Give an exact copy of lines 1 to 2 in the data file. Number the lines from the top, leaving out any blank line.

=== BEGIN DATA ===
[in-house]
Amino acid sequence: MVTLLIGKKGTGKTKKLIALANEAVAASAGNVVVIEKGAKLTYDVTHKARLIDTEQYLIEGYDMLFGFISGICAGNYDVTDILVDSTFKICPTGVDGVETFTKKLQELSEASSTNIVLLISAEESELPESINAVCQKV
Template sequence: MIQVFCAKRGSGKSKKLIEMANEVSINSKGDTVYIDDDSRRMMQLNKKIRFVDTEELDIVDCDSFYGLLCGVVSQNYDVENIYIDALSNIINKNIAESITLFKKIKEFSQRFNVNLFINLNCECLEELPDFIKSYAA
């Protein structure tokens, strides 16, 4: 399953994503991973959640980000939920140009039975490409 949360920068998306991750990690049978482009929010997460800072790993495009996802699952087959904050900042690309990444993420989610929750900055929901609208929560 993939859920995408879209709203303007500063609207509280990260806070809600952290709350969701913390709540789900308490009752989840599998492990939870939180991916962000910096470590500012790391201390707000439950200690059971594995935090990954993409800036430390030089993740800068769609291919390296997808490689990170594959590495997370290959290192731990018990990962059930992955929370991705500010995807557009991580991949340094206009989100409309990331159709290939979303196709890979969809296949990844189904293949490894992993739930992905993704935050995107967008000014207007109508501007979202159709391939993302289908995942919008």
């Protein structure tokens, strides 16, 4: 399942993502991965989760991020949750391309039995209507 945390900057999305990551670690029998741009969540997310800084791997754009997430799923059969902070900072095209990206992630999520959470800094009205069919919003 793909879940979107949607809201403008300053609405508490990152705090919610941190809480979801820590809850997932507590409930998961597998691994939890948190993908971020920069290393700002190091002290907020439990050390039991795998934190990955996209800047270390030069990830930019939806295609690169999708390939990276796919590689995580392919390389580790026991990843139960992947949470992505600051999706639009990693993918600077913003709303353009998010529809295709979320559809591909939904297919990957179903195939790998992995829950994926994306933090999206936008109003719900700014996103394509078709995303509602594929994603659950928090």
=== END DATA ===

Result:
[in-house]
Amino acid sequence: MVTLLIGKKGTGKTKKLIALANEAVAASAGNVVVIEKGAKLTYDVTHKARLIDTEQYLIEGYDMLFGFISGICAGNYDVTDILVDSTFKICPTGVDGVETFTKKLQELSEASSTNIVLLISAEESELPESINAVCQKV